Should a law firm’s client suffer the consequences of a misstep by his lawyers?
That seems to be the fate of David Parse, a former Deutsche Bank accountant who was convicted of mail fraud and obstructing an investigation in 2011, as part of what’s been called the government’s biggest-ever tax fraud prosecution. Last week, U.S. District Judge William Pauley of Manhattan once again refused to grant Parse a new trial, even though the judge previously vacated the convictions of three of Parse’s co-defendants (including two former Jenkens & Gilchrist partners), after evidence surfaced that a juror lied during jury selection. Pauley’s latest ruling, which marks the second time the judge has refused to order a new trial for Parse, concludes that Parse’s former lawyers at Brune & Richard were not ineffective counsel, even though they made what turned out to be a disastrous decision not to inform the court of suspicions about the lying juror.
I’ve previously written about Brune & Richards’ bizarre ethics dilemma, but to recap quickly: During jury selection, the firm ran across evidence that suggested a juror in the Parse case had the same name as a New York lawyer suspended from practice for alcohol abuse. Because of inconsistencies in the juror’s responses in voir dire, Brune & Richard concluded that the names were a coincidence and said nothing to the court before the trial — or during jury deliberations, when the juror used legal jargon in a note to the judge and the firm’s suspicions were reawakened.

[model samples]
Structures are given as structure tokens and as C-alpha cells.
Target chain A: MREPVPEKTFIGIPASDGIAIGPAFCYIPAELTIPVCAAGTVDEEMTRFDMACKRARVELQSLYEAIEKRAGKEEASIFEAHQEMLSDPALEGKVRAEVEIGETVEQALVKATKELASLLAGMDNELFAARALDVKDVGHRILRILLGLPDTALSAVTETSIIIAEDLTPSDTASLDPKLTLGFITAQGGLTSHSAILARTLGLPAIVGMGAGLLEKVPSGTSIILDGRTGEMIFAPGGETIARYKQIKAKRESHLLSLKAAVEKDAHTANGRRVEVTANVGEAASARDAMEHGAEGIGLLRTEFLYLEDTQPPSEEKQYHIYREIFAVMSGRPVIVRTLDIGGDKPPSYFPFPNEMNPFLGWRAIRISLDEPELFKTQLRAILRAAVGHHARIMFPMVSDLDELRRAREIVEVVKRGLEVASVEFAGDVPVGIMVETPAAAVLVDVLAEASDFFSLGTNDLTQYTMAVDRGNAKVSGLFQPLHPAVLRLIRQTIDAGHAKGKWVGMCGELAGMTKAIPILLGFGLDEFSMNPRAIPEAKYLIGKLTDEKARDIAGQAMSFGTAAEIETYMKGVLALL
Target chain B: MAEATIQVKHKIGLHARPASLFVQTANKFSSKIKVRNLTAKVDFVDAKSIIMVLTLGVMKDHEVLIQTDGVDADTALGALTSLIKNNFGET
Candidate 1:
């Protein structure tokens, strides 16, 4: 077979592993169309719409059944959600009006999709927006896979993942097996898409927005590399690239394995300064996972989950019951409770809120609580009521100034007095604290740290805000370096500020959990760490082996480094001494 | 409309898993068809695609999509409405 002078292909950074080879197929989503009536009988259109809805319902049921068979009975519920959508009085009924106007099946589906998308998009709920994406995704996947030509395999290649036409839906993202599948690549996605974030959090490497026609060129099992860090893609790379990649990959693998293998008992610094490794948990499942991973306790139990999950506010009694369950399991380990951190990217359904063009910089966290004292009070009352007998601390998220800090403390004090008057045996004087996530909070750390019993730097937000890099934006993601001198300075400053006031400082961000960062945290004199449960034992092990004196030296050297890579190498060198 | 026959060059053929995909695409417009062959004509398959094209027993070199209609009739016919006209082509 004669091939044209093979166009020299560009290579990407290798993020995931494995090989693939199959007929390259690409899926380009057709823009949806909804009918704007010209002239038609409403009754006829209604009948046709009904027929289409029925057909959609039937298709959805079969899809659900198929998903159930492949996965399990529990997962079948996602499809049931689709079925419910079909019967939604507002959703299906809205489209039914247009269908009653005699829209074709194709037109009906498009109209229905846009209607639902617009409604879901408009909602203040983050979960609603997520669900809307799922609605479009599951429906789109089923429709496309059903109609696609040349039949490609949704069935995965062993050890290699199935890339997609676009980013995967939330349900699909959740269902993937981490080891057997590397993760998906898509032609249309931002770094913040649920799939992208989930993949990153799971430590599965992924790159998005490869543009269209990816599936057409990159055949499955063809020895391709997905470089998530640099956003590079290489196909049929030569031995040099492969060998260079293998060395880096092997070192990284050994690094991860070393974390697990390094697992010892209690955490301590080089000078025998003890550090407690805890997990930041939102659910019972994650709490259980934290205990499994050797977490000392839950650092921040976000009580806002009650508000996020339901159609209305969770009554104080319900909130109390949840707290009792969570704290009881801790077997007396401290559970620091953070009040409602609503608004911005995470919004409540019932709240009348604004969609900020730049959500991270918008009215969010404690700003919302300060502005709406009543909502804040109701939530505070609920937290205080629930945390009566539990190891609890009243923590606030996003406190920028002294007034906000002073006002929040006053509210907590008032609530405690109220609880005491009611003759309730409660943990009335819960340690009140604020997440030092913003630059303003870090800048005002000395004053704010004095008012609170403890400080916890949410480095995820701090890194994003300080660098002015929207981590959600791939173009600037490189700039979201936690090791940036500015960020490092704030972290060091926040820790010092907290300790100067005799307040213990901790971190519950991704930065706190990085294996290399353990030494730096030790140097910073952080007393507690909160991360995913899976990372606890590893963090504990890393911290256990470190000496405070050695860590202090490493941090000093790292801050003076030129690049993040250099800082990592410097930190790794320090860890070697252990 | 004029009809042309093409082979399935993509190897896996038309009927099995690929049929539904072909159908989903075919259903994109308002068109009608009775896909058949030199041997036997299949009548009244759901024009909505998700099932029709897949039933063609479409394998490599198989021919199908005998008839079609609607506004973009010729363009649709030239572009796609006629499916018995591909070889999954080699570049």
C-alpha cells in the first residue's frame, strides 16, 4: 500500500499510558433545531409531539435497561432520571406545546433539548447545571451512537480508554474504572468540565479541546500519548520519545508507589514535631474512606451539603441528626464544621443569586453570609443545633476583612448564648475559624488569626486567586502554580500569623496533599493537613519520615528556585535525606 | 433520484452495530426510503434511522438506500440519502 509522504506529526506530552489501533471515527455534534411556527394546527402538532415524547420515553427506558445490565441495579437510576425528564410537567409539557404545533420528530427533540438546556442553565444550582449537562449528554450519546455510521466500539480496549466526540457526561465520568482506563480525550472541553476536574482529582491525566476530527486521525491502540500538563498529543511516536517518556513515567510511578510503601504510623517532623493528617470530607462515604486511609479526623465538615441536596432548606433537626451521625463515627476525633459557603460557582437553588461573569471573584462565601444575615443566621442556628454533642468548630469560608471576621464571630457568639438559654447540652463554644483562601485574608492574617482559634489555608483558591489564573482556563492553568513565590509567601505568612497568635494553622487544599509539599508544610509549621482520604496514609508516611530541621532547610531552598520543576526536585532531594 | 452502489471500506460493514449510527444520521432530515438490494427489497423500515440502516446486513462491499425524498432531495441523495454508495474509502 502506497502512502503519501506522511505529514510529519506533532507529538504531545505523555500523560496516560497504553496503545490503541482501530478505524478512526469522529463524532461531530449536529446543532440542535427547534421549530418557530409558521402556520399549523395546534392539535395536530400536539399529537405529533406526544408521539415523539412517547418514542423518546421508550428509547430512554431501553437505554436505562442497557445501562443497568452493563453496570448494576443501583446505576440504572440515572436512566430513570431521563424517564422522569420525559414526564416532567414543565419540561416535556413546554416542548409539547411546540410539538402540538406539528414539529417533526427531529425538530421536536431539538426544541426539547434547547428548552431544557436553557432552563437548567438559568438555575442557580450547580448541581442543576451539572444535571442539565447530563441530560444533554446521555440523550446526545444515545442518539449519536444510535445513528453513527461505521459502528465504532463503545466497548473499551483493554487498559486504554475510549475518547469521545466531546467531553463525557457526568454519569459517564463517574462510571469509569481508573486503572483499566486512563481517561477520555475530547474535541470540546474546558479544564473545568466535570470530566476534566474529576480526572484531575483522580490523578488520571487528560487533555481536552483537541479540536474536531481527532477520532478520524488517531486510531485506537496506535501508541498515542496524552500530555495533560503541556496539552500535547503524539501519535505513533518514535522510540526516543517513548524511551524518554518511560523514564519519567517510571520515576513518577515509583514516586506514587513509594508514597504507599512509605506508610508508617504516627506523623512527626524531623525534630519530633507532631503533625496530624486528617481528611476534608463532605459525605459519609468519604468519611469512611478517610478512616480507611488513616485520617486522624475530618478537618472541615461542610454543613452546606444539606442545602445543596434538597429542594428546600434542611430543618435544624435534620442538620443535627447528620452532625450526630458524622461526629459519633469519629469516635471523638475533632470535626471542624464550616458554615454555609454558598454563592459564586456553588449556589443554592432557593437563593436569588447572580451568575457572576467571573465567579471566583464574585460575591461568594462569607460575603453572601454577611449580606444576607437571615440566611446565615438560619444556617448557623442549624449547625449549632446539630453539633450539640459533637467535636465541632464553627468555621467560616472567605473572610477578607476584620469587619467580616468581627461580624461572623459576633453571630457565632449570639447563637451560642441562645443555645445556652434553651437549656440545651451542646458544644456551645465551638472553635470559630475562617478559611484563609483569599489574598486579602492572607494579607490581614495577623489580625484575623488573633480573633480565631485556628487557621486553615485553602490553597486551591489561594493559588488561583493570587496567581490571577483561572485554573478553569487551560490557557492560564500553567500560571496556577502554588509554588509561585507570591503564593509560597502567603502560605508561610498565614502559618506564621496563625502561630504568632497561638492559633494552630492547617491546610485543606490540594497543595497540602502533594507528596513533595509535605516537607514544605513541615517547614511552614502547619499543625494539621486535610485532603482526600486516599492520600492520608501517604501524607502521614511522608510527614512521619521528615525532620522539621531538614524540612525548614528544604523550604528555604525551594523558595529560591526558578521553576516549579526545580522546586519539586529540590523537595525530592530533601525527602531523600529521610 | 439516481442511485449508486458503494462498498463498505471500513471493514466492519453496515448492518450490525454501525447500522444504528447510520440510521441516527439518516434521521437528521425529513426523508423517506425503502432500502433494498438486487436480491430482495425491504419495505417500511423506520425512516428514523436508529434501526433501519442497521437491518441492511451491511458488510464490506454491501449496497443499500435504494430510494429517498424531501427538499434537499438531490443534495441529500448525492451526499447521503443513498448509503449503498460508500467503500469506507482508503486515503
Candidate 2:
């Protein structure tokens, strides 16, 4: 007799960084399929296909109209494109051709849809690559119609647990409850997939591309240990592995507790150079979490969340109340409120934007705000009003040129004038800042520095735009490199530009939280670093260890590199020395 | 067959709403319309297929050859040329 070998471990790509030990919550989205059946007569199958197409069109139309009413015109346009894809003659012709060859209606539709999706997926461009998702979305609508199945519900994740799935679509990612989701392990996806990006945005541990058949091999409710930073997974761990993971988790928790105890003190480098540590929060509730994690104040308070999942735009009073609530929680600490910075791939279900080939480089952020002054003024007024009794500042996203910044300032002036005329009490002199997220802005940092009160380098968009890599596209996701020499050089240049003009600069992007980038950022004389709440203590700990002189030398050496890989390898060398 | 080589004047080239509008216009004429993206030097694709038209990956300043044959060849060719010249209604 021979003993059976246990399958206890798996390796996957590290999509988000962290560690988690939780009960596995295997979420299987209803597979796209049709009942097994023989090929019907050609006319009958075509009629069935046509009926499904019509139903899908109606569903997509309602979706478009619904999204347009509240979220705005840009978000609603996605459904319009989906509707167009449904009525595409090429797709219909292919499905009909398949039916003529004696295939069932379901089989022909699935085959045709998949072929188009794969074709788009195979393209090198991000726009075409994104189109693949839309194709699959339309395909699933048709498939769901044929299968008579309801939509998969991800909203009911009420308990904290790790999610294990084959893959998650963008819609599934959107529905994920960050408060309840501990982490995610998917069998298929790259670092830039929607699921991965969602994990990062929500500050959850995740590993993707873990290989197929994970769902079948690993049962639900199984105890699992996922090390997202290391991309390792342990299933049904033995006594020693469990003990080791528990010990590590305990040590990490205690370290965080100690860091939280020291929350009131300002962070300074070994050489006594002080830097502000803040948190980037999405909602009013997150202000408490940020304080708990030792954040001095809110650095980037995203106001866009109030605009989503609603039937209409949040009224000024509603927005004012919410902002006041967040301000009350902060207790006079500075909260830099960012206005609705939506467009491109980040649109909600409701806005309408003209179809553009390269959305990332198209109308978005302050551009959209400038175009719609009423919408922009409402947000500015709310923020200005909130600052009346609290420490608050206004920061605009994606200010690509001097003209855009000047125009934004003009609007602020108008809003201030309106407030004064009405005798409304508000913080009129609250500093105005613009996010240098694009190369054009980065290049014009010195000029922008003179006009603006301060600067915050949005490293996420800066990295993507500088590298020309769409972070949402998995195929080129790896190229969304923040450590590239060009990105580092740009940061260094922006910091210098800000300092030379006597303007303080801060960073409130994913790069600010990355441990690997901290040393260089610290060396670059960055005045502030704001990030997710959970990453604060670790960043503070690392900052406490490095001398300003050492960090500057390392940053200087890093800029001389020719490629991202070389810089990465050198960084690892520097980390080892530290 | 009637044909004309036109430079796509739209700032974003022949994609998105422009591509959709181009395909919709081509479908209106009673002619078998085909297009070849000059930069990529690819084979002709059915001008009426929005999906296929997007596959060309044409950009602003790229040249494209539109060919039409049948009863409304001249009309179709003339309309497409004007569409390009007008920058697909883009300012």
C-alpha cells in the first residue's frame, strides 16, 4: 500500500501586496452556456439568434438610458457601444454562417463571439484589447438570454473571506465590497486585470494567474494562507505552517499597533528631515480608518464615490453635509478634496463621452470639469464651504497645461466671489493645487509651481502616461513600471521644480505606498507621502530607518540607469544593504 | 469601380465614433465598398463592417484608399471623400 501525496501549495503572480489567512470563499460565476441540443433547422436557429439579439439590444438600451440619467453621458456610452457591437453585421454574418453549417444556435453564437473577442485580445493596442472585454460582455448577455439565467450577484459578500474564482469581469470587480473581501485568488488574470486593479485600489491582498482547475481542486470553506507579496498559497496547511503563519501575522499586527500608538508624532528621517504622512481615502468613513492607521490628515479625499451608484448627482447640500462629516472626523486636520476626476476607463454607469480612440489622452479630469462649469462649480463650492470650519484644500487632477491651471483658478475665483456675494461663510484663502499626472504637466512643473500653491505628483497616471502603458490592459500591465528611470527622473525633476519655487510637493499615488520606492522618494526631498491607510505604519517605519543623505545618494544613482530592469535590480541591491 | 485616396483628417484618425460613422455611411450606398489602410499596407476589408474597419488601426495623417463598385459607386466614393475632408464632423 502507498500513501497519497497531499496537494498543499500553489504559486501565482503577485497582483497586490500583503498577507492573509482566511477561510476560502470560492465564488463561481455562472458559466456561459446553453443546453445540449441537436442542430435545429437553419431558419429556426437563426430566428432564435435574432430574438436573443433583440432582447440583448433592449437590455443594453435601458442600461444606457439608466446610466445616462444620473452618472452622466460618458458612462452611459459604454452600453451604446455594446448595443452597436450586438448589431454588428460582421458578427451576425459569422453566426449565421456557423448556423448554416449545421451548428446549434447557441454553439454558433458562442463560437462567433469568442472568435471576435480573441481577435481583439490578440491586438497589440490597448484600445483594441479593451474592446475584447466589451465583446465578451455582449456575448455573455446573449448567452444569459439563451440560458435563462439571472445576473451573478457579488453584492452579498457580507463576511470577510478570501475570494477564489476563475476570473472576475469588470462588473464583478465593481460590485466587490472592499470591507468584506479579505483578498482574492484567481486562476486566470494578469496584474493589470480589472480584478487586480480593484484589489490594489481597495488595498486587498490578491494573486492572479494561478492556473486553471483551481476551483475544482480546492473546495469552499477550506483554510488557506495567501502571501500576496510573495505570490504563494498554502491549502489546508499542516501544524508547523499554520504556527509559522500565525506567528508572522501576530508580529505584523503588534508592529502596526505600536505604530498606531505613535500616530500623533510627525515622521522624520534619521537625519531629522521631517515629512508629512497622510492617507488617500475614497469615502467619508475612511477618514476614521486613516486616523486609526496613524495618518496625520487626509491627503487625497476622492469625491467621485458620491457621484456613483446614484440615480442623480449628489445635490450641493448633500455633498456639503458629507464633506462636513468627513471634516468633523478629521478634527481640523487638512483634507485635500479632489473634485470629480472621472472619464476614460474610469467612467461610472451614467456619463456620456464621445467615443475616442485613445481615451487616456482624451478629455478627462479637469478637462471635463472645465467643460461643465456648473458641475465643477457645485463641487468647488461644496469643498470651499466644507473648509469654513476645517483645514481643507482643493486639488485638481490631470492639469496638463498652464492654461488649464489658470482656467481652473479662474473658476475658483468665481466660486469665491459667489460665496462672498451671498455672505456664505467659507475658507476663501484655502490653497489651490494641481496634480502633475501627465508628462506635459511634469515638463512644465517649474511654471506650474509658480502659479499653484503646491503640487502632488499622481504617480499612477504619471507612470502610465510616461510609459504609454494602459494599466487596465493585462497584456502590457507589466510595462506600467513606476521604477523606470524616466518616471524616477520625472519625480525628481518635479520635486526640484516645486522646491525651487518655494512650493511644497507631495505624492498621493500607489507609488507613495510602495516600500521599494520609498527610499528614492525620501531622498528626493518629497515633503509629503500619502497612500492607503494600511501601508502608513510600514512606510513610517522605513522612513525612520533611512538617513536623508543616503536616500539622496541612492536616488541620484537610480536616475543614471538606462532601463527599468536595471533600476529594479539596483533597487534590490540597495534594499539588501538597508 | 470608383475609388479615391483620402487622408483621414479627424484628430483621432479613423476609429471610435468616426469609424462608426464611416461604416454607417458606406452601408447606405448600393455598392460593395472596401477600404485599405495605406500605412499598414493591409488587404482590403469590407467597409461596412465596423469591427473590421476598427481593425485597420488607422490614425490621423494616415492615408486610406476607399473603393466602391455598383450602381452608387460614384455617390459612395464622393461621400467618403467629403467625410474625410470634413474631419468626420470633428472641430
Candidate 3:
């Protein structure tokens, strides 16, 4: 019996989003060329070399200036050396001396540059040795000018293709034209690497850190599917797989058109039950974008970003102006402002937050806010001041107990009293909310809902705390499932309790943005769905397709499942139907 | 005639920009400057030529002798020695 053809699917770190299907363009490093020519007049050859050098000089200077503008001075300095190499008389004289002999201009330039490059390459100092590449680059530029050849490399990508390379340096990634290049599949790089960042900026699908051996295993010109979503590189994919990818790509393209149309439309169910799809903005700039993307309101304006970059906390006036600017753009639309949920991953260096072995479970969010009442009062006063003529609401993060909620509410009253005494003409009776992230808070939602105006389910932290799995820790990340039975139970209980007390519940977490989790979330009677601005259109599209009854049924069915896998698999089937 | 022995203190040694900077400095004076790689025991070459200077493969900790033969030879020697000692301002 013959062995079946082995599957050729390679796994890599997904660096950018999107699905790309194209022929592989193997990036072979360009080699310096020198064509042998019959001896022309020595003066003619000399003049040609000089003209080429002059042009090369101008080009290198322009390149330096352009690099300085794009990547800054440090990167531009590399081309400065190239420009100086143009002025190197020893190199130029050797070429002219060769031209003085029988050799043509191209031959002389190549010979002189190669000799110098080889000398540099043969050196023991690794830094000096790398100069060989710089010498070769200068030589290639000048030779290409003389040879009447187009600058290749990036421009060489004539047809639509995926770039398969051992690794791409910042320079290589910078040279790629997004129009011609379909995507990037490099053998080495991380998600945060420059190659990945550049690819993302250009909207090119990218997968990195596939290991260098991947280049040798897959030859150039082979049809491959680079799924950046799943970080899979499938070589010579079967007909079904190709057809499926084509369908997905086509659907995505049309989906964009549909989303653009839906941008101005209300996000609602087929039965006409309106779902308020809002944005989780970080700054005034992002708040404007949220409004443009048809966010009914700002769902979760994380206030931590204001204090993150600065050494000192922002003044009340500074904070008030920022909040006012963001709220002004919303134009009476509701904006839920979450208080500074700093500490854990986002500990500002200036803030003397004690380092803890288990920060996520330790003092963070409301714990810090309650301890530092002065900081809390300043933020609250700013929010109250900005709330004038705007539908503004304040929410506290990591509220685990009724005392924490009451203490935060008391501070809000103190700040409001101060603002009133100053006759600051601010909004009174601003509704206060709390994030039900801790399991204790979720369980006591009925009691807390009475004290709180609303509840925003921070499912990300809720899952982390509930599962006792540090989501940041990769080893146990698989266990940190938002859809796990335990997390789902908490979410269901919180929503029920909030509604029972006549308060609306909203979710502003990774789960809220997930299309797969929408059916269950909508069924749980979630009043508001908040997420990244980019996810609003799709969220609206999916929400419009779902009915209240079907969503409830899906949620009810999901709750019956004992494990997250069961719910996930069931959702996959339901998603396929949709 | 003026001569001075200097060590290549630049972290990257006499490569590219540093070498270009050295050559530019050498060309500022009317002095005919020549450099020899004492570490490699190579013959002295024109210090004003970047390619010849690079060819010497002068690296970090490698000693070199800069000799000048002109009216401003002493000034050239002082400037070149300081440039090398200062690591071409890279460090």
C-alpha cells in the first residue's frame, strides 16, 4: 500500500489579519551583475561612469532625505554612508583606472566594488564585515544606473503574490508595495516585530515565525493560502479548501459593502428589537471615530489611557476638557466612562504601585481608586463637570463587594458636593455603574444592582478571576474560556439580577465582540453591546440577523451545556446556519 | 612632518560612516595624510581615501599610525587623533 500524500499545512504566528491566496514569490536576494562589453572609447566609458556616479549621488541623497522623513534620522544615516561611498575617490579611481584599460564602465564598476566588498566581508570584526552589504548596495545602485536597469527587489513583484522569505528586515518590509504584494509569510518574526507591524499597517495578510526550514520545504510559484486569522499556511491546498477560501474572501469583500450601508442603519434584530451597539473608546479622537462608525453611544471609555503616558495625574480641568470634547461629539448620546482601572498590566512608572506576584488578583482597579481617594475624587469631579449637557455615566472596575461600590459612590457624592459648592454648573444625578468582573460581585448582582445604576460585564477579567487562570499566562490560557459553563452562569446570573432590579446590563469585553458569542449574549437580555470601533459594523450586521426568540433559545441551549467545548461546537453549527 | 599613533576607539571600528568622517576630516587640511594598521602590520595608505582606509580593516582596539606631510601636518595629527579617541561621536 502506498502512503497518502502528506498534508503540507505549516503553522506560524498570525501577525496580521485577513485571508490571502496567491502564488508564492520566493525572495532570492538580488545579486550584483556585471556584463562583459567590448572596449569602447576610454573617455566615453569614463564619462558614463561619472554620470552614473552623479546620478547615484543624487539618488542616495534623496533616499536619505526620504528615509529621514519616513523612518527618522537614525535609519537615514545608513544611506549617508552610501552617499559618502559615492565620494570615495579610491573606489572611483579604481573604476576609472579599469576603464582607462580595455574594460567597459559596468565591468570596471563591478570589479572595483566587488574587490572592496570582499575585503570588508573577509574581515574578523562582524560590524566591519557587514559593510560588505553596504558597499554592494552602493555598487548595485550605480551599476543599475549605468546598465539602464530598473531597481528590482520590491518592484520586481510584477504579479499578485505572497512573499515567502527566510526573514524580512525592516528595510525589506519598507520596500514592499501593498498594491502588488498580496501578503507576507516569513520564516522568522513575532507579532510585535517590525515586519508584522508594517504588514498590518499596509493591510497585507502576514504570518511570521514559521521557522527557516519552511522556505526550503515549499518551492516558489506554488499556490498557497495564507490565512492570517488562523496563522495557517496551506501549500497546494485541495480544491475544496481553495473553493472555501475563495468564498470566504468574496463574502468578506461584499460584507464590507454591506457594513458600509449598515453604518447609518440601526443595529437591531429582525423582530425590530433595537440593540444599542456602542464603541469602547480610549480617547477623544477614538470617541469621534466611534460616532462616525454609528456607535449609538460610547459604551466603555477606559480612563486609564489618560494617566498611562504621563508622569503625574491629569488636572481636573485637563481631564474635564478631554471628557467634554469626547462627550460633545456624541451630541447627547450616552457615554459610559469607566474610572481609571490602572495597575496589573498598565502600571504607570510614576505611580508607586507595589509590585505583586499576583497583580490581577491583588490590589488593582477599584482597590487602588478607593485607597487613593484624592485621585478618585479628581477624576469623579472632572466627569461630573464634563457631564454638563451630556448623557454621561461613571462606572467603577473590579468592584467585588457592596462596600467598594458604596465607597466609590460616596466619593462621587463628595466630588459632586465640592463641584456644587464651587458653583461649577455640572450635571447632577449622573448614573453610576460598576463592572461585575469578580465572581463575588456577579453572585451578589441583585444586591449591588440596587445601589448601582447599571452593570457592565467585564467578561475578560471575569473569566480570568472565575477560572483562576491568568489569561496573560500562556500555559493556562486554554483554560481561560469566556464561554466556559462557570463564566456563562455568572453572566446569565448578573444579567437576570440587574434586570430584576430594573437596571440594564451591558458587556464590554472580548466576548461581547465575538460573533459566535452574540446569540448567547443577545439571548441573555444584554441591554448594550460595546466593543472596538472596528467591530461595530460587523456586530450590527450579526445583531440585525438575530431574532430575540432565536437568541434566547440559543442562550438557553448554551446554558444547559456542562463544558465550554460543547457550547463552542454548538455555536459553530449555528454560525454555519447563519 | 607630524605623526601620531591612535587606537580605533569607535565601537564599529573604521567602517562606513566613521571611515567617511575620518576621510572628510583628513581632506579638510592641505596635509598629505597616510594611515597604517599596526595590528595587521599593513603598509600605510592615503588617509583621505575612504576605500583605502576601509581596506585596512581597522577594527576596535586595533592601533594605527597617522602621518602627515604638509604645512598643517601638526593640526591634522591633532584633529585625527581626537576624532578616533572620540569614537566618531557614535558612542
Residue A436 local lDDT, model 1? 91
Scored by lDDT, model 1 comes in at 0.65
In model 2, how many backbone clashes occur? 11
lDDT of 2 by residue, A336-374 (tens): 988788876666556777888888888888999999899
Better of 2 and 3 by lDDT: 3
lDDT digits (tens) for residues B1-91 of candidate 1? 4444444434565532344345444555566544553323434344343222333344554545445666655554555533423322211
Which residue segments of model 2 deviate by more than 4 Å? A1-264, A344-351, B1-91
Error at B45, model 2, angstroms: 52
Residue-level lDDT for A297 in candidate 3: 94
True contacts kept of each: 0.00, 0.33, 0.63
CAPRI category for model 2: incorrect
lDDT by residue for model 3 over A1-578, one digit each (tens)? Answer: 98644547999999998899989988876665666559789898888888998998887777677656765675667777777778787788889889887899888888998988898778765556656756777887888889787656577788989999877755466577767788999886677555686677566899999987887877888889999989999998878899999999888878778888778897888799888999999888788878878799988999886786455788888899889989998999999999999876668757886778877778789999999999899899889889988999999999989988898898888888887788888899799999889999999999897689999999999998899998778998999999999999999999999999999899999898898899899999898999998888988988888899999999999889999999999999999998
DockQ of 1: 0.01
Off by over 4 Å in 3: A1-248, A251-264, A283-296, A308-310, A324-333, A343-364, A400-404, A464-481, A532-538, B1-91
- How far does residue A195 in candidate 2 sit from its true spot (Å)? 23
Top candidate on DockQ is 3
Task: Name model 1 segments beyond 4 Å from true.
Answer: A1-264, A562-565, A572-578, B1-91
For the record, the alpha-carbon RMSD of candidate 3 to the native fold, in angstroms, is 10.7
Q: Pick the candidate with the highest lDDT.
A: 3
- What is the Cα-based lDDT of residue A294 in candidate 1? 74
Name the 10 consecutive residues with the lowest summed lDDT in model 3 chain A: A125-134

After the trial ended and the juror sent a gushing note to prosecutors, Brune & Richard rechecked records and found out that the juror had the same telephone number as the suspended lawyer. The firm then moved for a new trial for Parse without telling the judge that it had previously researched a possible connection between the juror and the suspended lawyer. That was a fateful mistake. Pauley subsequently determined that the juror was indeed the suspended lawyer and she’d lied to get on the jury. That misconduct, he said, necessitated a new trial for Parse’s co-defendants.
But not for Parse, Pauley said in a 64-page ruling last June. Even though three Brune & Richard lawyers testified at an evidentiary hearing in February 2012 that (among other things) the firm hadn’t even researched juror misconduct until a month after the verdict, when prosecutors disclosed the letter they had received from the problem juror, Pauley implied that Parse’s lawyers decided as a matter of strategy not to reveal suspicions about the juror until after the end of the trial. That way, the judge suggested, Brune & Richard could move to vacate the conviction on the grounds of juror misconduct. At the very least, Pauley said in the June ruling, Brune & Richard should have done more digging early on, in order to make an informed decision about the problem juror. The firm’s failure to do so, he said, constituted a waiver of Parse’s right to a new trial.